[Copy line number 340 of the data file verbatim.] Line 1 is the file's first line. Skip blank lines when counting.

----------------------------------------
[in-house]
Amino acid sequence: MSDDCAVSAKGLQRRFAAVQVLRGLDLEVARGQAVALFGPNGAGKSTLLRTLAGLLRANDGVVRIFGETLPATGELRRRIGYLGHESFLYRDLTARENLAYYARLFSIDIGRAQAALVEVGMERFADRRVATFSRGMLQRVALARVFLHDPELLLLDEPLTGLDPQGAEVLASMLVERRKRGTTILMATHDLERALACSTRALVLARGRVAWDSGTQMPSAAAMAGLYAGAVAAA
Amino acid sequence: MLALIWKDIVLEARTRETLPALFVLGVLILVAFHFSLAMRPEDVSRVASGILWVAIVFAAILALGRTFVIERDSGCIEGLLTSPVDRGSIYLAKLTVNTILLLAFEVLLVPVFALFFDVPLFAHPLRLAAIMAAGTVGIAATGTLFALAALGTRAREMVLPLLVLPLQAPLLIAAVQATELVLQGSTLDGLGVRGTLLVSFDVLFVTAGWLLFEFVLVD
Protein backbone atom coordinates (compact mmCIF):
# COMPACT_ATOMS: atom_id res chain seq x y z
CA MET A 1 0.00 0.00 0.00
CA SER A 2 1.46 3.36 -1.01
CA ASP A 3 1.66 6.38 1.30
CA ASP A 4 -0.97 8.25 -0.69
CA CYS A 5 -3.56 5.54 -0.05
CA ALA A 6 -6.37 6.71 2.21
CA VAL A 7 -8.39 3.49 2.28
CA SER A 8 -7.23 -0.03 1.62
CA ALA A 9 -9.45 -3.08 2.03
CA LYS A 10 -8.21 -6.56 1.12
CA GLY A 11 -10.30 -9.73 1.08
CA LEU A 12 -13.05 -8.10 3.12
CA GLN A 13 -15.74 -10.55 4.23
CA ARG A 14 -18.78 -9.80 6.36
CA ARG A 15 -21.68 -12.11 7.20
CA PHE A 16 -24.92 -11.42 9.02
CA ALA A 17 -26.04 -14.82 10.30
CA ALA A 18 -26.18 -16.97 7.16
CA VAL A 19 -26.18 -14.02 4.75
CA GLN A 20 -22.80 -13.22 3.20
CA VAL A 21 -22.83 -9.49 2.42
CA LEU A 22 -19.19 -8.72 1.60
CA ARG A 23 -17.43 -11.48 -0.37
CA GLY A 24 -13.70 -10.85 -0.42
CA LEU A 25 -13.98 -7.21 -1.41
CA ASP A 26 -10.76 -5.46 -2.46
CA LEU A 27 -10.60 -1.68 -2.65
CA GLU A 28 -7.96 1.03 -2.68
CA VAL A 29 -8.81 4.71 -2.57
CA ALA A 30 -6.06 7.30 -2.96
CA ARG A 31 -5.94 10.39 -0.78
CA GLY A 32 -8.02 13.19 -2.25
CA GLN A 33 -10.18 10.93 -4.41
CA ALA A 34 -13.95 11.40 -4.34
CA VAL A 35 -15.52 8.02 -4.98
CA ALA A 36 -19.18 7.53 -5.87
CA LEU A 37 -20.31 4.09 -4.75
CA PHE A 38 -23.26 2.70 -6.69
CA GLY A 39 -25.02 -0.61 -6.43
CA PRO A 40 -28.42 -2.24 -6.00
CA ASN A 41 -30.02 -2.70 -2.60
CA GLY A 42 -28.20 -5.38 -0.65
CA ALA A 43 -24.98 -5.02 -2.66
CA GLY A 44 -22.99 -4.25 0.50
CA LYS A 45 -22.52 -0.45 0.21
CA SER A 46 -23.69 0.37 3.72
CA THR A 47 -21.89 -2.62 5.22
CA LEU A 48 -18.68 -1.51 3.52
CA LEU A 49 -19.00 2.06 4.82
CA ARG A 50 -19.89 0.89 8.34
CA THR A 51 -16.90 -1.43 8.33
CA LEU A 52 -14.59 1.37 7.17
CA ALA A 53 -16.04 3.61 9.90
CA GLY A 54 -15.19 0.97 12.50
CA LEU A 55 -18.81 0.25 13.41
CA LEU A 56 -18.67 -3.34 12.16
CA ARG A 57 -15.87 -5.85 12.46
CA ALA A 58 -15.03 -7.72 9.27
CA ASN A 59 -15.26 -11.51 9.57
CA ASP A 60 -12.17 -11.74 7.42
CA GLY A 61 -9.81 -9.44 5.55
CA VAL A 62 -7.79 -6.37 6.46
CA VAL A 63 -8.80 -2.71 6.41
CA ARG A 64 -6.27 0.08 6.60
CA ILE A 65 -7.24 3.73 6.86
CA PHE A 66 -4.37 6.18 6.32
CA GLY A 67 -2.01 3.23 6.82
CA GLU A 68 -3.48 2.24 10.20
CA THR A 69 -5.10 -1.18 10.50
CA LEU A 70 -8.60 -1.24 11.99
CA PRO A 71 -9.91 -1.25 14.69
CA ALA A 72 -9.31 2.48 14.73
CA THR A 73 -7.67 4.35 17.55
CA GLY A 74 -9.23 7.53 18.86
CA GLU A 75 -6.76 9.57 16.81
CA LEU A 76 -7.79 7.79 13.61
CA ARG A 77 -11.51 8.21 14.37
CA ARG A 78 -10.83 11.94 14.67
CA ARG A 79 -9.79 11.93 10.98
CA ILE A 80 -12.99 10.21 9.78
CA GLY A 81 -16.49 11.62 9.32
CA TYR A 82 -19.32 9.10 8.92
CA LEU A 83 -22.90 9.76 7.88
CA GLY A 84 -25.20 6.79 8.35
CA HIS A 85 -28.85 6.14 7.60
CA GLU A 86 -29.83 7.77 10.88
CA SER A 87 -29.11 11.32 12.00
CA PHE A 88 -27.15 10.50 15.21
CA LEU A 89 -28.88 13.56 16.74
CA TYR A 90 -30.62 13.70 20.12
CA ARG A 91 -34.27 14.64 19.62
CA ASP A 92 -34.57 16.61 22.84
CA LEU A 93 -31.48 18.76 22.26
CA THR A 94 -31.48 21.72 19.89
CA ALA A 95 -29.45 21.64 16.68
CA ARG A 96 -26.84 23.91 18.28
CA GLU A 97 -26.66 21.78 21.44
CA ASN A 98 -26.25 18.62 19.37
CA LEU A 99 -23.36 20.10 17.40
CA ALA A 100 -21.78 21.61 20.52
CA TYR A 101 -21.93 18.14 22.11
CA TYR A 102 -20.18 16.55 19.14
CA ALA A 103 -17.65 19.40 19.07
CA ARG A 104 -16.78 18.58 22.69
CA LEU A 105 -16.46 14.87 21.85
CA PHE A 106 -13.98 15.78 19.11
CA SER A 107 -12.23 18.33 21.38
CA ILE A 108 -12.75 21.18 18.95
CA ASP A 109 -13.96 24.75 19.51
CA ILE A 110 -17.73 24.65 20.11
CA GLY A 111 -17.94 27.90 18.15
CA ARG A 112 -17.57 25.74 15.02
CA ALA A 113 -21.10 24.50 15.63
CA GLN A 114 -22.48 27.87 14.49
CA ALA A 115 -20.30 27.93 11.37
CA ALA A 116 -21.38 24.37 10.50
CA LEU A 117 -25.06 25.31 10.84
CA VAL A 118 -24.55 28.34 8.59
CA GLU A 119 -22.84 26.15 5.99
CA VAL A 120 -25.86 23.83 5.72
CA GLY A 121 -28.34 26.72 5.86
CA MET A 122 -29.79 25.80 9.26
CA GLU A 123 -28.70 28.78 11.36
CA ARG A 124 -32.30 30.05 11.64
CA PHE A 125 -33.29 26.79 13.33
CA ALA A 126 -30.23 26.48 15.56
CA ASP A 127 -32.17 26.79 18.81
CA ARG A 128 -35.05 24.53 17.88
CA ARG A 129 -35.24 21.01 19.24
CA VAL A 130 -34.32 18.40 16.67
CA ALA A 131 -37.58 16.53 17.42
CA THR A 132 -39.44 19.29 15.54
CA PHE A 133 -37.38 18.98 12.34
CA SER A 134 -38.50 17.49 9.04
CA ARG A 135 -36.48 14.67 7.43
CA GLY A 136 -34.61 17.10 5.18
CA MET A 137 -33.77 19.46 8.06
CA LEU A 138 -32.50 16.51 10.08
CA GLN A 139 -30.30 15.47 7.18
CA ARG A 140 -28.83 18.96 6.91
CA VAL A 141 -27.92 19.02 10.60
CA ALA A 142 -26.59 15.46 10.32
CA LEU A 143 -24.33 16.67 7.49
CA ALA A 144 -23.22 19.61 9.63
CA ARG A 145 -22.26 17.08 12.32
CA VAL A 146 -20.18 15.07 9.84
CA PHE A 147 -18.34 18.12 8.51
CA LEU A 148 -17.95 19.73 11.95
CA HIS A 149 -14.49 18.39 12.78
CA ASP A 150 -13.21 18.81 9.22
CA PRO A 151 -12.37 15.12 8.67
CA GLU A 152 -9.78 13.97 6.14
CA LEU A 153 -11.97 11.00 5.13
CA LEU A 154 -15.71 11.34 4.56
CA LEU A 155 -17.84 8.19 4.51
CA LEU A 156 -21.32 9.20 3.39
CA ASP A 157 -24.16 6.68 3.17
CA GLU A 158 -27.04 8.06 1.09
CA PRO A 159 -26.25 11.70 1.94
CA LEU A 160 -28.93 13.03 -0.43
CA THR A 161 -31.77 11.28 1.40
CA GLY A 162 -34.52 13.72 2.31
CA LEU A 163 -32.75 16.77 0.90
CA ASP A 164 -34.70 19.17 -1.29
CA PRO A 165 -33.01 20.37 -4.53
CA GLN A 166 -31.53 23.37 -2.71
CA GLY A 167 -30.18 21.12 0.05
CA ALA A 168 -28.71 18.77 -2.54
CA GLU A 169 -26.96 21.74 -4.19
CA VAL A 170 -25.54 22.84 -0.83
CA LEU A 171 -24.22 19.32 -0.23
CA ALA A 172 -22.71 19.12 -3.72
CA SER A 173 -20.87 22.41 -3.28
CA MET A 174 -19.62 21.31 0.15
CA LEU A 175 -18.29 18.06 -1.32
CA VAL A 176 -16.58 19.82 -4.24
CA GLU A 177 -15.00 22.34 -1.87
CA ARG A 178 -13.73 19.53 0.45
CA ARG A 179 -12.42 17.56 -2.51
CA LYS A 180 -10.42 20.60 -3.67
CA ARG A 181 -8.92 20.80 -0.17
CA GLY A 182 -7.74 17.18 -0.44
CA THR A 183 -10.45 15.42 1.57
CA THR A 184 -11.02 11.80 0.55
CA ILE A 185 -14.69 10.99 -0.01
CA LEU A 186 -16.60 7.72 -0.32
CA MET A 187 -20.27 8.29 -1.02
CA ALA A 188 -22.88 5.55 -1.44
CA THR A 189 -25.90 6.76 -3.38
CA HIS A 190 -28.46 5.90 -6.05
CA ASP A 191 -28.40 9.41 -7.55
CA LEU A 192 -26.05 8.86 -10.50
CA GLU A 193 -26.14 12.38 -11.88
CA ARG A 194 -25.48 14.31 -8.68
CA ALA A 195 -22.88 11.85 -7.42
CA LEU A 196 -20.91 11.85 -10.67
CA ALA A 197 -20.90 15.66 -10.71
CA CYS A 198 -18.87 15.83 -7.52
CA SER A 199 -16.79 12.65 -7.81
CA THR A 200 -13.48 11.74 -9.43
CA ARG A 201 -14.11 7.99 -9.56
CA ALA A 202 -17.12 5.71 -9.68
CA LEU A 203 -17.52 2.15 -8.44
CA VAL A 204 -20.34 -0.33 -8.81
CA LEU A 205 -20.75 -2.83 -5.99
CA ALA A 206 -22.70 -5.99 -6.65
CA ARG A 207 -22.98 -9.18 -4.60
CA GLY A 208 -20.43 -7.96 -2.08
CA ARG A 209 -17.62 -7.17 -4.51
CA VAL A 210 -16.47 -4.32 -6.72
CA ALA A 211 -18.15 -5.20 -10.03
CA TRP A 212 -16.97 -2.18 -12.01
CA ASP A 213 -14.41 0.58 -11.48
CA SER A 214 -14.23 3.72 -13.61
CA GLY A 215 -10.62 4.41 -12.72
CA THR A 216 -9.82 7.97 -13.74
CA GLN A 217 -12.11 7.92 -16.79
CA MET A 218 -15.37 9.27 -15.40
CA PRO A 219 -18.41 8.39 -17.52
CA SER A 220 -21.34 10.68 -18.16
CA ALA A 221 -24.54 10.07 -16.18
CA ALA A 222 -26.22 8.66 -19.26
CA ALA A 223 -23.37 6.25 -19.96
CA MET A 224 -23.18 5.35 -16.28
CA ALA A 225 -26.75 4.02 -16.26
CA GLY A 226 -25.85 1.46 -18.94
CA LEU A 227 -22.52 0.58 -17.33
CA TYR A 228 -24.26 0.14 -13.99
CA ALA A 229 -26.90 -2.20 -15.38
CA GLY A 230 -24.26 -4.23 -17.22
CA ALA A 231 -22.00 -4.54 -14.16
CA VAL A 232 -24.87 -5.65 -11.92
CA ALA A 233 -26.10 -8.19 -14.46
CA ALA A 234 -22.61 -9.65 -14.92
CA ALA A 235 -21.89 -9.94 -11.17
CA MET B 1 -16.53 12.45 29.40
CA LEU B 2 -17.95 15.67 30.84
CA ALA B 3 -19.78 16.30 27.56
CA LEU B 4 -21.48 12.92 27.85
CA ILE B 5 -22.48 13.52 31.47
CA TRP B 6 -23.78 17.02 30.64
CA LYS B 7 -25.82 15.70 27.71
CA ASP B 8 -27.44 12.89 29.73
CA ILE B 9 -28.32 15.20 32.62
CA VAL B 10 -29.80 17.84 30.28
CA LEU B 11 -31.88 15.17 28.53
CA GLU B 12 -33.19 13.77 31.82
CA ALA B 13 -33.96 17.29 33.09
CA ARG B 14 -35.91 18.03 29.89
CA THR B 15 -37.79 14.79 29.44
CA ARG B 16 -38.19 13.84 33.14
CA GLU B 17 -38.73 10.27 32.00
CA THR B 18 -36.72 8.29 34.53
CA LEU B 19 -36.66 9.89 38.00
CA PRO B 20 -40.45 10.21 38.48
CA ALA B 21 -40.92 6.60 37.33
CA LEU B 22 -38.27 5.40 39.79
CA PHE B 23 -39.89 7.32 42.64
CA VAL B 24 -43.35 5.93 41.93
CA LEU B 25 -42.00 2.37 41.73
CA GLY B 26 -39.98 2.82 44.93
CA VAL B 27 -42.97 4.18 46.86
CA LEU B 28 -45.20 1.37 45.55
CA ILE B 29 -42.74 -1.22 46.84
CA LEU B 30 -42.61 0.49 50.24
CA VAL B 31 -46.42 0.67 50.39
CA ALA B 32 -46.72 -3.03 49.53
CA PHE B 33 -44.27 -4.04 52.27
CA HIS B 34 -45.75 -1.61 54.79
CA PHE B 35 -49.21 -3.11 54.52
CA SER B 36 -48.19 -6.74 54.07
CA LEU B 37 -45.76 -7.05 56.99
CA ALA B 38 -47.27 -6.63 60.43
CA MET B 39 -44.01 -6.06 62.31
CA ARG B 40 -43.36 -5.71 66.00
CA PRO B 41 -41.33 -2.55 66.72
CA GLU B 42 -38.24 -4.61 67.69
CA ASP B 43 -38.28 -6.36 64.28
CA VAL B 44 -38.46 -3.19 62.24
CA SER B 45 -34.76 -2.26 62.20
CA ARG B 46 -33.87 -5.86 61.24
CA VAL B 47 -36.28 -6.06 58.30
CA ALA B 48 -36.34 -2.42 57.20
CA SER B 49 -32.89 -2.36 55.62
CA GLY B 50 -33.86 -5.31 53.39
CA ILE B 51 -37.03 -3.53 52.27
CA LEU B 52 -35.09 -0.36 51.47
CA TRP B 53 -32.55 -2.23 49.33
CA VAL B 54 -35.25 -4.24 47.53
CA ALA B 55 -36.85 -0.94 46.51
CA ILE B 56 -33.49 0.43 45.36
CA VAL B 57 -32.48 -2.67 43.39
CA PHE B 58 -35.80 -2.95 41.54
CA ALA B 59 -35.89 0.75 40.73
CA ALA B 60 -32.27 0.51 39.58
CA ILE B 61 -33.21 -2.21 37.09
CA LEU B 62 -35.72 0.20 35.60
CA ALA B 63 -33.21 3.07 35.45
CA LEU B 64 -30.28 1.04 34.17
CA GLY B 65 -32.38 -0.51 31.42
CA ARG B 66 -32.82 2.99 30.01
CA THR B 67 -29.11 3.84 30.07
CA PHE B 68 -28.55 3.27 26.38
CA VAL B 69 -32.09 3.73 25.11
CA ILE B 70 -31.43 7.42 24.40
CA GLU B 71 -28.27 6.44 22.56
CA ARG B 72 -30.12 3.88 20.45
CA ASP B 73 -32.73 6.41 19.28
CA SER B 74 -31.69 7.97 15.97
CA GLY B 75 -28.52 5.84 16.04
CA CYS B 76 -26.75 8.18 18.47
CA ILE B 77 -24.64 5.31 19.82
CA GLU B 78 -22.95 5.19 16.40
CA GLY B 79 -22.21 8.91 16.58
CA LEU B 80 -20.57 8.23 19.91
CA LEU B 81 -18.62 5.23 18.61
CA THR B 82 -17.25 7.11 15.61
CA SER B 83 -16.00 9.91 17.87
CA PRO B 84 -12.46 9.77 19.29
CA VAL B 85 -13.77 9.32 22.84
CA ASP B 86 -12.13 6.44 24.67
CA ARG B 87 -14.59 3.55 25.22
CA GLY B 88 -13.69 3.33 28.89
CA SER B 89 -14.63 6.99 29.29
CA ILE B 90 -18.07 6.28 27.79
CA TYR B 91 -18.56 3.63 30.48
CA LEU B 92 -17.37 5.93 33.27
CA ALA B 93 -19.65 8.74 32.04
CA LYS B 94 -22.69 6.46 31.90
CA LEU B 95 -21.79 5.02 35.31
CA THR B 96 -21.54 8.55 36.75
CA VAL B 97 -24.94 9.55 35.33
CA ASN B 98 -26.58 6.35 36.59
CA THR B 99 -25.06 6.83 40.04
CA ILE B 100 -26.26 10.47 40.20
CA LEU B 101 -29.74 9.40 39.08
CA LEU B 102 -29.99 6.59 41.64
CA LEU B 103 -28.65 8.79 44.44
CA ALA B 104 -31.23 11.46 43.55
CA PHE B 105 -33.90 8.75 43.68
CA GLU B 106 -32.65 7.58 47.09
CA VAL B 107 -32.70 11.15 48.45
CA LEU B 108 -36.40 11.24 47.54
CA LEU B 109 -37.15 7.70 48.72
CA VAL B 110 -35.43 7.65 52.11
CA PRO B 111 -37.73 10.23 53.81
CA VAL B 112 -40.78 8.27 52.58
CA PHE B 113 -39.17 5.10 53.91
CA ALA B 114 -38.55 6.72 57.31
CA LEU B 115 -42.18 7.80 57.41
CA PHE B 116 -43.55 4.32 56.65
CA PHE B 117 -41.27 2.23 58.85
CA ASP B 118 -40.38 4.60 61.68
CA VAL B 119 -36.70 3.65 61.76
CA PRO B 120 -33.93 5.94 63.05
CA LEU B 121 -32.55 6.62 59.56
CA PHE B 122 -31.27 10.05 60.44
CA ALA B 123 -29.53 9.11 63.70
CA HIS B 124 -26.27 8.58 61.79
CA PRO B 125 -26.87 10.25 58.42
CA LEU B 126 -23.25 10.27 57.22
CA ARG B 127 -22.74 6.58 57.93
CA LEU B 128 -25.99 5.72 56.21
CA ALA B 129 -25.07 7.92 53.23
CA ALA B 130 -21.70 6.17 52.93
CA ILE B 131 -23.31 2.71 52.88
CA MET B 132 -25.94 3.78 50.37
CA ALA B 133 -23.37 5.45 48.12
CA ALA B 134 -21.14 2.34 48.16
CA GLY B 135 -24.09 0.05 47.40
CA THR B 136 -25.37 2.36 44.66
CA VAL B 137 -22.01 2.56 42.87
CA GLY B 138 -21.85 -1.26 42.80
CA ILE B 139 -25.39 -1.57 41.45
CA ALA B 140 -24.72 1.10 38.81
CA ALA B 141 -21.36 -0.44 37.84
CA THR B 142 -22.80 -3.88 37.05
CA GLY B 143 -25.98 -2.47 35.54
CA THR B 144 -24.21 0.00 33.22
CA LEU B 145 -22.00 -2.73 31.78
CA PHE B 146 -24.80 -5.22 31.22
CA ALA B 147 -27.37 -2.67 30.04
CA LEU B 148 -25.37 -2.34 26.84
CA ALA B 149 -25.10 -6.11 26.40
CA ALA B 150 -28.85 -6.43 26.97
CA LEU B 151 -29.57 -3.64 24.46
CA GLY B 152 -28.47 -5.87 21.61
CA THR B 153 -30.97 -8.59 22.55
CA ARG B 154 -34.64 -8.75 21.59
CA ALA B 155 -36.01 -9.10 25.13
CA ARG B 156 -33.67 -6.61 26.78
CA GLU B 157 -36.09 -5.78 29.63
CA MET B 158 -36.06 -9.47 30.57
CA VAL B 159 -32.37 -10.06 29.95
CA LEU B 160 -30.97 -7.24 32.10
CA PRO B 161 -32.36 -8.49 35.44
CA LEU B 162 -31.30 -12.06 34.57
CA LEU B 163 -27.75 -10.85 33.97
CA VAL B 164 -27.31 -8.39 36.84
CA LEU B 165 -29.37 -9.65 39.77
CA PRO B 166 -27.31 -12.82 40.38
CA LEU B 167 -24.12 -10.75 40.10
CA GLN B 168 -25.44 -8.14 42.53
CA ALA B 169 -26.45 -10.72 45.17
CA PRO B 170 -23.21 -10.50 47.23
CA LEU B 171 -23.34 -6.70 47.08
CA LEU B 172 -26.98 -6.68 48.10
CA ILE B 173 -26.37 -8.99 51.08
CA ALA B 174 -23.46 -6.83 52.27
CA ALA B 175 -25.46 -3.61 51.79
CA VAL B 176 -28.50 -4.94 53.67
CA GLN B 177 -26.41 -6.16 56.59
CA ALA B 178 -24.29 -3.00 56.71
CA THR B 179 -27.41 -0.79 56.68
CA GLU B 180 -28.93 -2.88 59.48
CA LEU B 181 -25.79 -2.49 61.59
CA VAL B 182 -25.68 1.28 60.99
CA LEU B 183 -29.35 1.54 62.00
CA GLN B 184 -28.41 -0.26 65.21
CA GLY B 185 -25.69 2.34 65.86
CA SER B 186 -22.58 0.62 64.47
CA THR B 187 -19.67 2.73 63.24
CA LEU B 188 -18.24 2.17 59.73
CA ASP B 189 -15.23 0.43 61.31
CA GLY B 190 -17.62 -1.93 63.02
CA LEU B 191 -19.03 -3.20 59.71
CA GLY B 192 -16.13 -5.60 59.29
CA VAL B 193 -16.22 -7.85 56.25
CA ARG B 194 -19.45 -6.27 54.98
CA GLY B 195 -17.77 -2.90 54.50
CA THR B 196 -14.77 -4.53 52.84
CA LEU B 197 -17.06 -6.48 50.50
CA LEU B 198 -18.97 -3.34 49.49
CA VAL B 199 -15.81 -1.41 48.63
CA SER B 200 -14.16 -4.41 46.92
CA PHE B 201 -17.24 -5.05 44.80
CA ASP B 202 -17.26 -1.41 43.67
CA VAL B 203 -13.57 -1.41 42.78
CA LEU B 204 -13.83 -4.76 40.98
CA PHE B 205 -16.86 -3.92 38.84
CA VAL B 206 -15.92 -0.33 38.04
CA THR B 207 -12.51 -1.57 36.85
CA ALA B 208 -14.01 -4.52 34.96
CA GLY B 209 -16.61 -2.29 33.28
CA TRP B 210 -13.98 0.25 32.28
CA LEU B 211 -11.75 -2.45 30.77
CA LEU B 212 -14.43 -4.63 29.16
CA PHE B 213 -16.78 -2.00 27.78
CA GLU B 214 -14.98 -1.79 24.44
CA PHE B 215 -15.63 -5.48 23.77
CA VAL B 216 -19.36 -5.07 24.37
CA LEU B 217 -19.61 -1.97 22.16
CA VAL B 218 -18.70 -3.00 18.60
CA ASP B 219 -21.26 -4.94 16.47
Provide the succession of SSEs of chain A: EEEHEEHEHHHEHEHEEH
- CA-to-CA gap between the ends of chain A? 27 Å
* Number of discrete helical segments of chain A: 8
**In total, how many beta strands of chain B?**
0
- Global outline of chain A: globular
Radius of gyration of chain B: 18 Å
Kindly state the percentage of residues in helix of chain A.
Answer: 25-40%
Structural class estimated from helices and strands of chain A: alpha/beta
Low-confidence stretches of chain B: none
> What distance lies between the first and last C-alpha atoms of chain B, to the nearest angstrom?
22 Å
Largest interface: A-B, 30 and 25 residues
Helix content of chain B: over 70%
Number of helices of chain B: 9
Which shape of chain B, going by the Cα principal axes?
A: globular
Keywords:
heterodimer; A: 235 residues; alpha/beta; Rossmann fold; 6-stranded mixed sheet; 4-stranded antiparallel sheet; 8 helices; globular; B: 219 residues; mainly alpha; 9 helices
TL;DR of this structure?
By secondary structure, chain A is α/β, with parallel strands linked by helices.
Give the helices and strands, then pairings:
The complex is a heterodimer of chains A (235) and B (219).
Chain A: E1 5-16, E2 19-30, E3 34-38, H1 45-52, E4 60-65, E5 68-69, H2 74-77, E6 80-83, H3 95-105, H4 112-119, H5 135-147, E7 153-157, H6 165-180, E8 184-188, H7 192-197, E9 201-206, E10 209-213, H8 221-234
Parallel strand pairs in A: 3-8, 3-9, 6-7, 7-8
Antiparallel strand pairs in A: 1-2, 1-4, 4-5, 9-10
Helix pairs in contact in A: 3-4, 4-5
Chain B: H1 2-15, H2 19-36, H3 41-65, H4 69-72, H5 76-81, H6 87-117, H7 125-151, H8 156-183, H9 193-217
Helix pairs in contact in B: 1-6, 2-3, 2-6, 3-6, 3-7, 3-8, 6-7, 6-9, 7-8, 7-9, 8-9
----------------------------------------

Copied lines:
CA ILE B 100 -26.26 10.47 40.20